Outcry stalls charter school money
Vail, CO Colorado
EAGLE ” Eagle County Charter Academy thought it had received $2.5 million from the school board to build a new community building, but those plans are on hold for now.
After several parents questioned the legality of how the decision was made to help fund the academy’s building, the school board decided to put the issue on hold and officially vote again on Nov. 6.
“We’re going to list the action with a specific purpose and amount so that won’t be challenged,” said Interim Superintendent John Pacheco.
The Charter Academy removed themselves from the $128-million bond approved last November because school leaders were worried that the building, which did not have valleywide support, would hurt the bond’s chances of passing.
The school board voted 4-3 on Sept. 26 to help build a building that would cost more than $3 million. The current building is too small and a safety issue, said board member Mary Ann Stavney.
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But some parents did not think it was fair for the board to give money to the charter school, and some did not think the board was transparent in the voting process. The issue was written on the board agenda as “Discussion with Eagle County Charter Academy” and listed for “action.”
The agenda description was ambiguous, Pacheco admitted.
There was not much opportunity to learn about the issue, and the board was not clear about when they would vote on it, said Robye Nothnagel, who has two children at Brush Creek Elementary.
“There wasn’t much documentation, it wasn’t advertised on the Web site, and there’s nowhere in the minutes where it said they were going to vote on giving money,” she said.
Several parents wondered why $2.5 million was given to the Charter Academy, which has its own board and gets most of its funding from the state and through fund raising, when many other schools could use the money.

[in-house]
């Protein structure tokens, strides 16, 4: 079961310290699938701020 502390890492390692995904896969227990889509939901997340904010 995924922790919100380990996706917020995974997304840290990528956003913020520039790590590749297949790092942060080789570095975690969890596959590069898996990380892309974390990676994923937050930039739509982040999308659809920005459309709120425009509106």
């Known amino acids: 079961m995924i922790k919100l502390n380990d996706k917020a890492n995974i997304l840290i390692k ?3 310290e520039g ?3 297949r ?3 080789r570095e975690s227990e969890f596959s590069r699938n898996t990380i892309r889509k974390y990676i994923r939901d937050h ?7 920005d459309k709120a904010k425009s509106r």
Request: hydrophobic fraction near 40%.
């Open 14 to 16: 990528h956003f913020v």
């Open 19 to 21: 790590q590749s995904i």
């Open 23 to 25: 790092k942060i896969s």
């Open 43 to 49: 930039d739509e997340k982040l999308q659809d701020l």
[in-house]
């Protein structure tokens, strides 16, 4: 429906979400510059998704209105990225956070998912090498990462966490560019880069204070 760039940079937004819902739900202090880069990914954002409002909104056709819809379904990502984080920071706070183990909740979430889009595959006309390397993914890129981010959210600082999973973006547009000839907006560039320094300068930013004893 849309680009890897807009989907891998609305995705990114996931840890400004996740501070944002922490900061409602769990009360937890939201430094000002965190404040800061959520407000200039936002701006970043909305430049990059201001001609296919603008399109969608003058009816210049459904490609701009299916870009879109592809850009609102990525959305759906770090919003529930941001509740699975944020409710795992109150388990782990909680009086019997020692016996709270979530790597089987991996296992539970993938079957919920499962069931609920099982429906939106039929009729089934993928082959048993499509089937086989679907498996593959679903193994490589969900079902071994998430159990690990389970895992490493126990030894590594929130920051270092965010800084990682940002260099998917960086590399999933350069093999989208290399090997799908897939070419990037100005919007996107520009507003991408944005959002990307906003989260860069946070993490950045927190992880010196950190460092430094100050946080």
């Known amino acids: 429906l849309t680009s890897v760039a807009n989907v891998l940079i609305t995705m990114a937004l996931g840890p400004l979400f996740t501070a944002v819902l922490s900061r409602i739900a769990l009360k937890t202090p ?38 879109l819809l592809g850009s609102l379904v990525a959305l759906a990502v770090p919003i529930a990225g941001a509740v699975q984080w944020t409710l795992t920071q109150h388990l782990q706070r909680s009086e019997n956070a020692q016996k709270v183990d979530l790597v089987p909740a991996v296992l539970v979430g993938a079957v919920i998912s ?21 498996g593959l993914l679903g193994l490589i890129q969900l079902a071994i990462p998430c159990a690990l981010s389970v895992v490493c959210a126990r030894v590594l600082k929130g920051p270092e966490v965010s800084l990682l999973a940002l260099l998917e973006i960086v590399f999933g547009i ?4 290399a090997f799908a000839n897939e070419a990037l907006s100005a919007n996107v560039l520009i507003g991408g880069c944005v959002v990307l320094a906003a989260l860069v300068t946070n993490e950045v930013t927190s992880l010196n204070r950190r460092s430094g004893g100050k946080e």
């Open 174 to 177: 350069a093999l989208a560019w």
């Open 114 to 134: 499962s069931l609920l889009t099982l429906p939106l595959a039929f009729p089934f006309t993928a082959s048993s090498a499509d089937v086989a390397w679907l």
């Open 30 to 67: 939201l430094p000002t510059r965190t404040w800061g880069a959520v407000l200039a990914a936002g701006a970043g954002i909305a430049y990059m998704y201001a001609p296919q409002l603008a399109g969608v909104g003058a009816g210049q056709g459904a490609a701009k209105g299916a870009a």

The academy could raise class sizes from 16 to 17 students and that would raise the money needed for the building, parents said.
Teachers at Brush Creek Elementary only received 45 percent payout during the 2004-2005 school year, said teacher Ruth Moroney.
“Before money is spent on a new building, you can see why teachers are upset about this,” she said.
The academy is not like the other public schools, she said. Their class sizes are smaller and they pay their teachers more, she said.
“There’s not a teacher in this district who wouldn’t love to have a class size of 16,” she said.
Liz McGillvray said her daughter had 27 kids in her kindergarten class and her son has 29 kids in his fourth grade class at Brush Creek Elementary. They have space and safety issues, too, she said, but the school has had to compromise.
“There are record numbers of kindergarten and first graders. There are two teachers on the playground for 80 five- and six-year-olds. That’s a safety issue,” she said.
Eagle Valley Elementary does not have fire doors, the old carpet is causing illness and there are not even enough teachers to cover all the students without combining grades, said Teak Simonton, who has a child in fifth grade.
“I hope the school district prioritizes safety and health issues before they vote again,” she said.
But Charter Academy parents and officials said the current community building is inadequate and the students deserve a new building for school meetings and physical education.
“If there was a safety issue during a school meeting, there would be dead children,” said Charter Academy Principal Jay Cerney.
The school was offered used of Battle Mountain High School facilities, but turned it down because it was too expensive, he said.
The academy is not asking for more than its fair share, said Sarah Hymes, the charter school’s board president. They do not even have a permanent building, she said, and for 14 years all of the classrooms have been modular buildings.
“We don’t have it all, and what we do have is through funding like mad. The problem is not here of with the board. It’s with the state legislature. The amount of money we have to work with is not enough,” she said.
Even with fundraising and state support, the charter school would not be able to build a full campus, much less a community building, Hymes said.
“We need this building. We’ll never be able to fund it on our own,” she said.
Stavney defended her vote for the funding. The school board has a “moral obligation to keep kids safe,” she said.
Any student in a public school has benefited from facility funds, but the charter school doesn’t get those funds, she said.
“The community building is not a want, but a need,” she said.
Staff Writer Melanie Wong can be reached at 748-2928 or firstname.lastname@example.org.